Pirates of the Caribbean! Real pirates, that is: Anne Bonny (1690s-?) and Mary Read (1690s-1721). They sailed the high seas with the infamous Calico Jack, and so much has been written about the three of them that we can’t possibly squeeze it in here. We need all the space just to talk about the costumes, since we’re doing both of them on this one page. Instead we’re going to direct you over to Forgotten Newsmakers for a biographical sketch.

With the costumes, we’ve tried to split the difference between the fanciful Hollywood image of a pirate—long coat, cavalry boots—and the grimy reality of everyday pirate clothing in the early 18th century.

AnneBonny2015_costumeAnne Bonny is dressed like a pirate on shore leave, parading around in a combination of stolen finery and sailor slops. She’s wearing a blue check workshirt—ubiquitous naval garb in the 18th century—but she’s topped it off with a rather fancier black silk cravat. Her stolen black velvet coat is a bit too big for her, as is the matching velvet waistcoat. Her pants are rough brown trousers, stuffed into tall black boots that once graced the legs of a Spanish grandee. On her head she wears a leather tricorn spruced up with feathers and a silver button. A calico sash, a belt, and a baldric complete the picture.

1. Shirt and tie: Authentic 18th century blue check cotton workshirt with a black silk cravat.
2. Coat and waistcoat: Captain De Lisle black velvet coat with the a matching black velvet vest. If the buttons are a little too new-looking, you can tone them down with Rub-N-Buff.
3. Pants: Brown drawstring pants.
4. Footwear: Over-the-knee boots, worn with the top folded down. Tall boots like this were designed for cavalry, and pace Johnny Depp, they’re not the sort of thing a pirate would normally wear. But this is a special occasion.
5. Headgear: Leather tricorn hat decorated with feathers. It’s expensive because it’s a real hat. Use thread to tie the feathers and a spare silver button to the cross-stitched “X” on the side of the hat.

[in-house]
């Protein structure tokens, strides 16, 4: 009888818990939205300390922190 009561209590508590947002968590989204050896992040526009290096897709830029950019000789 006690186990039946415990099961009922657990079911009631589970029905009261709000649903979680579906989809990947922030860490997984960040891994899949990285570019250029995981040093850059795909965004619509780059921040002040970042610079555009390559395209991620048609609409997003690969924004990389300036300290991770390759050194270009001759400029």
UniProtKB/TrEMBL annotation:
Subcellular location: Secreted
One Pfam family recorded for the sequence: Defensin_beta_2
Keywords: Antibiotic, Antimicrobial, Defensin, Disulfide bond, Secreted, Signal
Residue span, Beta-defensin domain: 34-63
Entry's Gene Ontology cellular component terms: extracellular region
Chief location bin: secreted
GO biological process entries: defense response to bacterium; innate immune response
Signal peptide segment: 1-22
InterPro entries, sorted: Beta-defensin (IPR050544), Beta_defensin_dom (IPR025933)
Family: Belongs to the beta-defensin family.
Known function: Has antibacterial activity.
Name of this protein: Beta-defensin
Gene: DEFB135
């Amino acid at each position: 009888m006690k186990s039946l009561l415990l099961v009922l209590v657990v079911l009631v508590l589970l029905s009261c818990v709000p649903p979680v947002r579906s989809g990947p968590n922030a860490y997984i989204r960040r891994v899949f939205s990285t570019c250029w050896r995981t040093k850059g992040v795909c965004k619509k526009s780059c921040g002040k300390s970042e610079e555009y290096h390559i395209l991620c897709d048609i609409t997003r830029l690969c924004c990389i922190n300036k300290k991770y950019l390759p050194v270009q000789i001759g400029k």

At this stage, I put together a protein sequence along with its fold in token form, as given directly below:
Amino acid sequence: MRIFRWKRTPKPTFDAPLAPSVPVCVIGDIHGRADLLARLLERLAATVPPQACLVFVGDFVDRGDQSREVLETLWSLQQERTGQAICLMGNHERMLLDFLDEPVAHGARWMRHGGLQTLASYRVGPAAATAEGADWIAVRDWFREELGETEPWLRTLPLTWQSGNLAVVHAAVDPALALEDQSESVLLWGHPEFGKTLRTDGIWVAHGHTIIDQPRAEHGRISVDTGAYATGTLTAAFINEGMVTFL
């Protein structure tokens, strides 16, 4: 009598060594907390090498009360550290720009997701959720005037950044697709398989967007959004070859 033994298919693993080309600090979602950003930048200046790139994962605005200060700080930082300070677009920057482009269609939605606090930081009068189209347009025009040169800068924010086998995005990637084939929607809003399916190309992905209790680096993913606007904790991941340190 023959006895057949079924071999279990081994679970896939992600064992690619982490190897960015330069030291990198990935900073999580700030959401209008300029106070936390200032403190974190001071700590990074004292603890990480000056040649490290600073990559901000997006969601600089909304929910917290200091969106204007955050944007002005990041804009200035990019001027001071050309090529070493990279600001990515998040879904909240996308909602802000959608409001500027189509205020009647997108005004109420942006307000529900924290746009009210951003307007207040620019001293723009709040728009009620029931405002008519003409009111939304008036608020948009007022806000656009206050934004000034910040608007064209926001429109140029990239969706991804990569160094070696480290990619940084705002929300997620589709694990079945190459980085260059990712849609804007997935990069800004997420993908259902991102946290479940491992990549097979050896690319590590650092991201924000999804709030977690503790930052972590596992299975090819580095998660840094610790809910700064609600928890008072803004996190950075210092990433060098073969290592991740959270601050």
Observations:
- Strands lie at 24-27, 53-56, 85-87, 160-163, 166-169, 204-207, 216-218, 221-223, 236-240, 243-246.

6. Sash: You don’t need to buy a pre-made sash. Just get a length of crimson paisley print fabric (108 inches wide) and wrap it around your waist. Ragged edges are good.

Sword: Pirates of the Caribbean Sword.

Belt and baldric: The baldric is the cross belt worn over one shoulder, designed to hold a sword or pistol. You can buy new baldrics and belts, or just use some old belts from your closet. If you don’t need a fancy baldric with a fitted weapon holder, just sling a long belt over your shoulder and cinch it under your coat, the way Anne has done here.

MaryRead2015_costumeMary Read is dressed like a pirate on ship duty: grubby and practical. Her workshirt is the color of natural linen; her red sailor’s neckerchief has aged to a muddy brown. She wears no coat, though if she did it would be a short jacket, suitable for clambering around decks. Her waistcoat is made of sturdy brown canvas. The knee buttons on her breeches can be left undone for maximum ease of movement. Like virtually all sailors of the period, she wears shoes rather than boots. Her serviceable brown tricorn hat is undecorated. The sash around her waist is made of blue ticking—a standard naval fabric—and the ends are looped up and tucked in. (No long trailing sashes on board ship—they’d just get in the way.)

1. Shirt and tie: Cotton shirt in natural with a dark red bandana.
2. Coat and waistcoat: No coat. The waistcoat is the Ansell 1720 Vest in aged brown.
3. Pants: Knee breeches in brown.
4. Footwear: Shoe buckles. These are just the buckles, not the shoes. They’re a cheap but simple way to transform an existing pair of black shoes into something that looks more 18th centuryish. Wear white over-the-knee socks to simulate the look of knitted stockings.
5. Headgear: Brown tricorn hat. This is just a costume hat, but it’s not bad looking.
6. Sash: Striped ticking was a common fabric on seagoing vessels in the 18th century. Get a couple of yards of ticking stripe fabric and wrap it around your waist. Tuck in the loose ends for a practical look.

Sword: Pirate cutlass.

Belt and baldric: Mary is wearing the baldric and one of the belts from a Jack Sparrow replica set. (The baldric is the cross piece worn over one shoulder.) You can also shop for baldrics and belts from the reenactment people, or just use some old belts from your closet.

Related posts: Last-minute Mary Read (or Anne Bonny) and Pirates of the Caribbean (for real): Anne Bonny and Mary Read.

Illustration credits: The center of our main illustration is a two-page layout from DK Eyewitness Pirate, a wonderful book that we thoroughly recommend. The two woodcut illustrations at the bottom are from A General History of the Robberies and Murders of the Most Notorious Pyrates, originally published in 1724. That’s the earliest known depiction of Anne Bonny and Mary Read (color added later); the sepia-toned gentleman to their left is Calico Jack. The two trading cards at the top are from “Pirates of the Spanish Main,” an 1888 trading card set issued by Allen & Ginter. Anne Bonny’s card is on the left and Mary Read’s is on the right.


Other costumes in this category: Notable Women